As a young woman, I frequently babysat a neighbor family with several children. In 1999, the mother of this family found out she was expecting. Her baby had a serious genetic condition and he was not expected to survive much beyond birth. When the baby was born, my mom and I took the other children to go meet their brother and see him for whatever moments he would be on earth. This sweet mother let me hold her precious, tiny, and struggling baby for just a few moments. He only lived for 6 hours and she shared a precious handful of those minutes with me. It was beautiful and poignant. A little boy, so new from heaven and so close to returning. A holy child, a holy place.

Three years ago, my Grandma Helen was recovering from pneumonia in a rehabilitation center. She didn't seem to be recovering as well as she should have. On a Saturday evening, I felt that I should cancel my plans and go and see her. I went to the center and sat with her for a few hours. She was so sick and seemed to struggle to find relief. My dear grandma's feet were old, worn, and she had so many problems with them. But I felt she needed them rubbed. So I rubbed and massaged her feet and sang to her. It was sacred for me to spend that time alone with my grandma. Her situation worsened overnight and she was taken to the emergency room the next day. She passed away with our entire family gathered around on that Monday. As we gathered together and sang and prayed and held each other, we watched my dear friend and grandma slip peacefully away into the next life.

In these and other moments, I realize I don't completely understand what happens when someone passes from this life to the next. But there is something sacred about it. I know many passings are not peaceful. Many are alone. But to some of us, at certain points in our lives, is given the opportunity and blessing to share in those final moments. And in those moments, there is an almost certainty that God is real, that heaven is real, that angels are real, and that life continues on. The nearest approximation to words that I can give to the feeling is "something of the sacred."

Friday, April 1, 2016

Best April Fool's Day Joke

I feel like pictures help
add spice to a blogpost.
So here are some pics of
artificial flowers in my house.
I have never been much of a prankster. A joker, yes. A tease? Yea, verily. But I've never been into those prank wars especially because TPing and the like seem like such an enormous waste of resources.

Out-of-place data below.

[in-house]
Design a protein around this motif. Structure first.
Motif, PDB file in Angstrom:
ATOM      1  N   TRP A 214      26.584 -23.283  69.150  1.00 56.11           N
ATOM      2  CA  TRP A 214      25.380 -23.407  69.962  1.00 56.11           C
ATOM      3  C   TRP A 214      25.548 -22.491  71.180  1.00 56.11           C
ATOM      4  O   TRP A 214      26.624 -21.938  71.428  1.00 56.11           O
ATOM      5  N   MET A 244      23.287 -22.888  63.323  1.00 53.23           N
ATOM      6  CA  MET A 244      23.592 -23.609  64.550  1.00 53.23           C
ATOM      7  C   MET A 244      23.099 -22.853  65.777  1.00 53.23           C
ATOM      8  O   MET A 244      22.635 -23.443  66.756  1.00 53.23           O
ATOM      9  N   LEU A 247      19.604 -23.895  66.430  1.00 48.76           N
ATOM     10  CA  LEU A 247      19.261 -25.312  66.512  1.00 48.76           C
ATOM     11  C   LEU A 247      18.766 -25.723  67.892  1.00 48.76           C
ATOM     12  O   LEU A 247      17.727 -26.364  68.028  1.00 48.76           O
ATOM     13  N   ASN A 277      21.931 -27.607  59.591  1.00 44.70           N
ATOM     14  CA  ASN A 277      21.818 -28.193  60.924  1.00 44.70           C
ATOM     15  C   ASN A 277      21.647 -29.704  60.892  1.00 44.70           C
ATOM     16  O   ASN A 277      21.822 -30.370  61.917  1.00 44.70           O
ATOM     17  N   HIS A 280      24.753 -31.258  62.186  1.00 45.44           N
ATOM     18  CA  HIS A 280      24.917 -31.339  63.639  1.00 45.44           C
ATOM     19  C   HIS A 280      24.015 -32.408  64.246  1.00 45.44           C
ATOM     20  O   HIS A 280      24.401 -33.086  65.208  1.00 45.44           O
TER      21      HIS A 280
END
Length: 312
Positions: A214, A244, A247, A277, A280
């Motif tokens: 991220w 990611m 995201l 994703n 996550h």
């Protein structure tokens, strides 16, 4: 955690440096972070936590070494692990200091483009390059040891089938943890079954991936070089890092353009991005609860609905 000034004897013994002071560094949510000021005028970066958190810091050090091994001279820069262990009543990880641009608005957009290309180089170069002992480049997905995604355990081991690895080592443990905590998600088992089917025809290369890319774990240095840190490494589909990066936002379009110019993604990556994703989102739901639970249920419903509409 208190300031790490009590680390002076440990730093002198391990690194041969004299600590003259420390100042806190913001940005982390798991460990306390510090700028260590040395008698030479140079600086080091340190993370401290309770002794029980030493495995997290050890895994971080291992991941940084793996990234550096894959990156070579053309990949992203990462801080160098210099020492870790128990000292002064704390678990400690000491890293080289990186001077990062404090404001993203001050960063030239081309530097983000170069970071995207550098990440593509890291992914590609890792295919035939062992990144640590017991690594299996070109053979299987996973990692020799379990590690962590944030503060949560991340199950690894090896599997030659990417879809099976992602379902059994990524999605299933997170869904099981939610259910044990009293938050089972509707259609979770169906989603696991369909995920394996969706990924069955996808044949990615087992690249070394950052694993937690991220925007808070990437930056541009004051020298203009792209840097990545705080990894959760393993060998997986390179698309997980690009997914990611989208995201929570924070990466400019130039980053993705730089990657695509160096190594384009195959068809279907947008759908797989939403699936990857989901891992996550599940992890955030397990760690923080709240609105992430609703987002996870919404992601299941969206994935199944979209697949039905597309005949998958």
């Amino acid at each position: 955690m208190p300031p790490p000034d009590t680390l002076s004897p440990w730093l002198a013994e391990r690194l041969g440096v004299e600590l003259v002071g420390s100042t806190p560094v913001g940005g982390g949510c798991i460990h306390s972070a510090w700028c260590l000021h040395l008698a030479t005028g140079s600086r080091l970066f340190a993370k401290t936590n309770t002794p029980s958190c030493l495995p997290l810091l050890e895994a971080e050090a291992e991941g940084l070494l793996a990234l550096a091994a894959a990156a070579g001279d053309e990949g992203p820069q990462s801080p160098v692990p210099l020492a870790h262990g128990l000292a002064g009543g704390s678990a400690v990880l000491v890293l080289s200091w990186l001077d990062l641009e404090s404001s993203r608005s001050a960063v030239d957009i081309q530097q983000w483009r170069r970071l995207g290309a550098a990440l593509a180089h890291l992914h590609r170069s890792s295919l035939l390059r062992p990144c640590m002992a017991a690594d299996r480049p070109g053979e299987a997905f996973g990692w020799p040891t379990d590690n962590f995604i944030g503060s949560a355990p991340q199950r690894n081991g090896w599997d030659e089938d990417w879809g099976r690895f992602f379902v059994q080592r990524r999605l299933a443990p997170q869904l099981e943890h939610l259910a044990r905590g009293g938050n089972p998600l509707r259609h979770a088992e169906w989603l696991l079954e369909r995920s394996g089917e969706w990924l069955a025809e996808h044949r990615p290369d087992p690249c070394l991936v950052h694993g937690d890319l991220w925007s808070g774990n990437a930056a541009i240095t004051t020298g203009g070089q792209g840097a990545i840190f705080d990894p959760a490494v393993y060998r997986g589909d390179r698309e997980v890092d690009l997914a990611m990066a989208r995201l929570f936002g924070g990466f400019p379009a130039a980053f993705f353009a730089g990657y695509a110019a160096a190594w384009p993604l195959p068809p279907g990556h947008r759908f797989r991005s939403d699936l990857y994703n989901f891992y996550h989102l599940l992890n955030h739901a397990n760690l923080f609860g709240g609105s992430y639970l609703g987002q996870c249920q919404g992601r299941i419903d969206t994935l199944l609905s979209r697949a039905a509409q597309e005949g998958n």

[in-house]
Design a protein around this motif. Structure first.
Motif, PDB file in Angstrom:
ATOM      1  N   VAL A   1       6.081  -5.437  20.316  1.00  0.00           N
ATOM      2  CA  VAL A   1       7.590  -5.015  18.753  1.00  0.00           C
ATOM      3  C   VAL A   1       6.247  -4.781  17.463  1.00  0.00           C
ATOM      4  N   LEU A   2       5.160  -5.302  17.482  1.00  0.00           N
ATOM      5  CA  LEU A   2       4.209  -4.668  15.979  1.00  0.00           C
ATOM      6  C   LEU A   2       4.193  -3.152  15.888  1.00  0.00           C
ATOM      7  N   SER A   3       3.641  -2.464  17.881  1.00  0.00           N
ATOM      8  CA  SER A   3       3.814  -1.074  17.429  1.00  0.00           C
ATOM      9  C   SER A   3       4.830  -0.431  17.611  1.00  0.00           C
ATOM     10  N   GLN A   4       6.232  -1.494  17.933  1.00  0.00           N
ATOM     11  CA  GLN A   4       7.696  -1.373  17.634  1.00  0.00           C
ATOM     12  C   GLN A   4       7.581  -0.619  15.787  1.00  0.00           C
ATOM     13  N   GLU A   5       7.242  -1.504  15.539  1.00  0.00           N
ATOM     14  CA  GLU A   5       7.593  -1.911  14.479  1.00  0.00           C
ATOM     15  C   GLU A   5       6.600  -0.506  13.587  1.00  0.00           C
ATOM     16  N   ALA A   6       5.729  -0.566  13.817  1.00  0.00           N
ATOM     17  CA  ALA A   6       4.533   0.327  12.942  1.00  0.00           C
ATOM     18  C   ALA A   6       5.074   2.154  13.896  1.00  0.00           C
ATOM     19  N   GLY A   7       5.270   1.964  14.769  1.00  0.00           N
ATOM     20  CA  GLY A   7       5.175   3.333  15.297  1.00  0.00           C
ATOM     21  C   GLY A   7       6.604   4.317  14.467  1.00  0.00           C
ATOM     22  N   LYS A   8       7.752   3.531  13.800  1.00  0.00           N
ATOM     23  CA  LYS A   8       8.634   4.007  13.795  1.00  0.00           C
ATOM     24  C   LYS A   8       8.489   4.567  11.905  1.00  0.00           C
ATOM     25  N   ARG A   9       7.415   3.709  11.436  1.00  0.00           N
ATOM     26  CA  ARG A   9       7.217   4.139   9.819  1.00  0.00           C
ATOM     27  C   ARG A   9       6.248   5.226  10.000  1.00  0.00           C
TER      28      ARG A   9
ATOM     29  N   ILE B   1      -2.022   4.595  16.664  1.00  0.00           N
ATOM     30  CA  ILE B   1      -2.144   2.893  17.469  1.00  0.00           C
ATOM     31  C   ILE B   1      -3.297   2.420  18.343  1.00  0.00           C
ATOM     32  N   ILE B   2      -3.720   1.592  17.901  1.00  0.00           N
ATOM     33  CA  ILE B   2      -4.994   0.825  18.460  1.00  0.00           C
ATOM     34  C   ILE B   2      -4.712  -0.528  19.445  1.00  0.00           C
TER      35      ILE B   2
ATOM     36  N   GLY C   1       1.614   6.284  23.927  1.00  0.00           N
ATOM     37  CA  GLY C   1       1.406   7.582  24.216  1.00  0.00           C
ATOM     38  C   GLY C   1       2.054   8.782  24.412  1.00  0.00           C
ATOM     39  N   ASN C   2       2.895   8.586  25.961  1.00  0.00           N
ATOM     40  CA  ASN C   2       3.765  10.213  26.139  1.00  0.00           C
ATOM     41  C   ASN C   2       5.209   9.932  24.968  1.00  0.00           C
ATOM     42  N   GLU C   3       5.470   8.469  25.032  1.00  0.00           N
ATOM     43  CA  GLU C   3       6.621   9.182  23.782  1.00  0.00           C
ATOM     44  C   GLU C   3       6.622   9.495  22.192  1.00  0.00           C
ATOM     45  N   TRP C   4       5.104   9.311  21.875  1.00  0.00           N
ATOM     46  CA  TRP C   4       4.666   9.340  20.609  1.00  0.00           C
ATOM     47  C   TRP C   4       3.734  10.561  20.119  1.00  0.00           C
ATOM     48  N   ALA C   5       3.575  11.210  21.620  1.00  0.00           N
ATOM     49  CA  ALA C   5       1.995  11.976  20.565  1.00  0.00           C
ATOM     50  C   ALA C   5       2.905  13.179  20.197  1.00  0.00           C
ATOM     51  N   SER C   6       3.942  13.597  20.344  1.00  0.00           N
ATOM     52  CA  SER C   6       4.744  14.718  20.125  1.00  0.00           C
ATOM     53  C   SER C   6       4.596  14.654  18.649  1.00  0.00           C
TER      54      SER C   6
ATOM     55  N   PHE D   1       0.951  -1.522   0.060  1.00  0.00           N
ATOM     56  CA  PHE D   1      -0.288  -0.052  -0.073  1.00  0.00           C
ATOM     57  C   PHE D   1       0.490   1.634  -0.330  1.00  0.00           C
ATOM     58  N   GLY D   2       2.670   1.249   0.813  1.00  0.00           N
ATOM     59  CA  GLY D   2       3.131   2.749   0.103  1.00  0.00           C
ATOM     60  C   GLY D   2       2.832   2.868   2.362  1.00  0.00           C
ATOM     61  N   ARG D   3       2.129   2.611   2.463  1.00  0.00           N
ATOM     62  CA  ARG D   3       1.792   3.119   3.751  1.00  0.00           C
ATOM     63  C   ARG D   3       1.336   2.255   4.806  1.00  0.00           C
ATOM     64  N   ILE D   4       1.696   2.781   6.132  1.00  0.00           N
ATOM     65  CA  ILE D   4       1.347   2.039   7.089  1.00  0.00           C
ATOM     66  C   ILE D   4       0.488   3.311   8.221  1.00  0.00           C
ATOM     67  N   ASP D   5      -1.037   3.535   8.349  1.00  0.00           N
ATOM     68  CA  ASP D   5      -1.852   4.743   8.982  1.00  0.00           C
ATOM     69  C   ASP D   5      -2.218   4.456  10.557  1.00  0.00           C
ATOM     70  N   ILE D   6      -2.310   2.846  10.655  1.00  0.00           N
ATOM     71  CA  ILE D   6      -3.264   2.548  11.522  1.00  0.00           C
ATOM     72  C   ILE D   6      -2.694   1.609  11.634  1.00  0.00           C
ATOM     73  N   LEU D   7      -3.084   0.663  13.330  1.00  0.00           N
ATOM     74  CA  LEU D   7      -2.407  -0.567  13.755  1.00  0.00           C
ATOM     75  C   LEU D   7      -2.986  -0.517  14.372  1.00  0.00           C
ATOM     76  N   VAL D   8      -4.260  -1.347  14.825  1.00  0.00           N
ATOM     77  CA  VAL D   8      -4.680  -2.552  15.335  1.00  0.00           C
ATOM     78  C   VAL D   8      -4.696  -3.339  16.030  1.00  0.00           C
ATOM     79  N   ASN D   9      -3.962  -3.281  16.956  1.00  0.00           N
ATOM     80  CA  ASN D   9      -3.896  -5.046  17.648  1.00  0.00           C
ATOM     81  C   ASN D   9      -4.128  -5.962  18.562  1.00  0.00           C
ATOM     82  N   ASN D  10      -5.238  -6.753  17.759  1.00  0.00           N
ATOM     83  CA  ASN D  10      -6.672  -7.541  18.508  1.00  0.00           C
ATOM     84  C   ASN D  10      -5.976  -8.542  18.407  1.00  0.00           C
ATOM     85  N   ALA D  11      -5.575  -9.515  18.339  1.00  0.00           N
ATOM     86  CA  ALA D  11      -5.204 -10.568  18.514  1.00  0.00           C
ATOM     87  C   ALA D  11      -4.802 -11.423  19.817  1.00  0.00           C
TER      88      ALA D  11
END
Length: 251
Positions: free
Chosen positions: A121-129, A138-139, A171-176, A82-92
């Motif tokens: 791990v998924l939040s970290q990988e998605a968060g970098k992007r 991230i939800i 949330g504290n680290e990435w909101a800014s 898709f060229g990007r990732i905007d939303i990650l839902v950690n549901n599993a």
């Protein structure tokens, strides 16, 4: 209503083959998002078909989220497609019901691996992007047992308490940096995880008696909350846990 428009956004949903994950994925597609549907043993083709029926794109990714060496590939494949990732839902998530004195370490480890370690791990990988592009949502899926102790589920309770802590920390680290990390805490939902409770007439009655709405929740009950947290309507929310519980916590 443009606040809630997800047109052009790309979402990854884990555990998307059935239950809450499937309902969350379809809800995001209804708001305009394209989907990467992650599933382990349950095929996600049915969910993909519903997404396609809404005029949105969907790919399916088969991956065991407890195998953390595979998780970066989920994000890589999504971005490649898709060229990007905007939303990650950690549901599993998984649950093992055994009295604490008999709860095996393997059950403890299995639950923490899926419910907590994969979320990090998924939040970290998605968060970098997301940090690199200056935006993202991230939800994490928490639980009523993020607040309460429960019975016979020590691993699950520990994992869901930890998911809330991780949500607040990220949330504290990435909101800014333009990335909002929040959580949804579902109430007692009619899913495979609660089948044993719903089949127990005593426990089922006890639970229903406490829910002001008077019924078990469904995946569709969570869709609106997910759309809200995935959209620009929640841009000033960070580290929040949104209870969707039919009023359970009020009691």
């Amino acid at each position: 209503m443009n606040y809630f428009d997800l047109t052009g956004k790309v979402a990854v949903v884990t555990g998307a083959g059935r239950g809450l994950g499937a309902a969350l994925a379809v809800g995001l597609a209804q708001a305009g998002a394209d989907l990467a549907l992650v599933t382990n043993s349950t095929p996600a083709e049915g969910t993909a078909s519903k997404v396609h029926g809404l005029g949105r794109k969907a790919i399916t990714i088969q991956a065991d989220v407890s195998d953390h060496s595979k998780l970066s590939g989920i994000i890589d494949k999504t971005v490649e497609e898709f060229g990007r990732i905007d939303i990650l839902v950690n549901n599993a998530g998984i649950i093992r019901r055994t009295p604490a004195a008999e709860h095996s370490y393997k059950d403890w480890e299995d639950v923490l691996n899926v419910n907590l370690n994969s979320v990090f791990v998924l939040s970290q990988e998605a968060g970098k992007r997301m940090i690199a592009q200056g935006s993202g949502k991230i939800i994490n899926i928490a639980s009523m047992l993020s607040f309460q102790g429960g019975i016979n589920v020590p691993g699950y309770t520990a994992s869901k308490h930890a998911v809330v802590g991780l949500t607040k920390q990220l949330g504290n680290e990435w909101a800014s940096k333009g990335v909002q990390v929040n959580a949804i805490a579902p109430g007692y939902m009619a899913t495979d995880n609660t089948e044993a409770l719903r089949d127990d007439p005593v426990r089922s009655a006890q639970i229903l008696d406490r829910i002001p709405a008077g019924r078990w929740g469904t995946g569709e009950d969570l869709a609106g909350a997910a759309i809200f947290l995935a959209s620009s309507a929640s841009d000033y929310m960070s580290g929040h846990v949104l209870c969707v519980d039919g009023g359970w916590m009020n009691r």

On the other hand, I do remember putting a rubber band around the sink sprayer thing for April Fool's Day one year (this was before Google was popular so we thought ideas like this were clearly original). And I do love hiding in dark or obscured places to jump out at friends, family members and roommates (the best was hiding in the shower and turning on the water when someone walked in. Guys, it's the BEST reaction. Seriously. Although you might get yourselves kil't). And last year for April Fool's, I may have pulled a mean joke by telling my roommates I was moving out and rigging the whole thing with other people so that it seemed real enough that there was real sadness on their side (I still feel a little bad about that one).

But all joking included, I can't live in prankster deceit for very long. Unless, well, unless this.

For the past many of my single years, I have had a recurring April Fool's Day joke. It's hard to give it up here, but I feel the days where I can pull this off are gone...mostly because I have so few guy friends (I'm sure this is not correlated at all).

Every year, I text nearly all my guy friends a sweet little message!

"Hey! Thanks so much for the flowers and the note! I didn't know you felt that way...we should talk. :)"

Oooh, yeah. I'm a little bit evil. (Also, I think this warrants a reminder that Reason #2 of my 30 Reasons I'm Still Single has to do with my lackluster appreciation of flowers as gifts.)

There are a few categories of responders to this text.

Dye love!!!!!
The non-responder
The non-responder is the one who just...can't...even. And so he doesn't.

The immediate suspicion-monger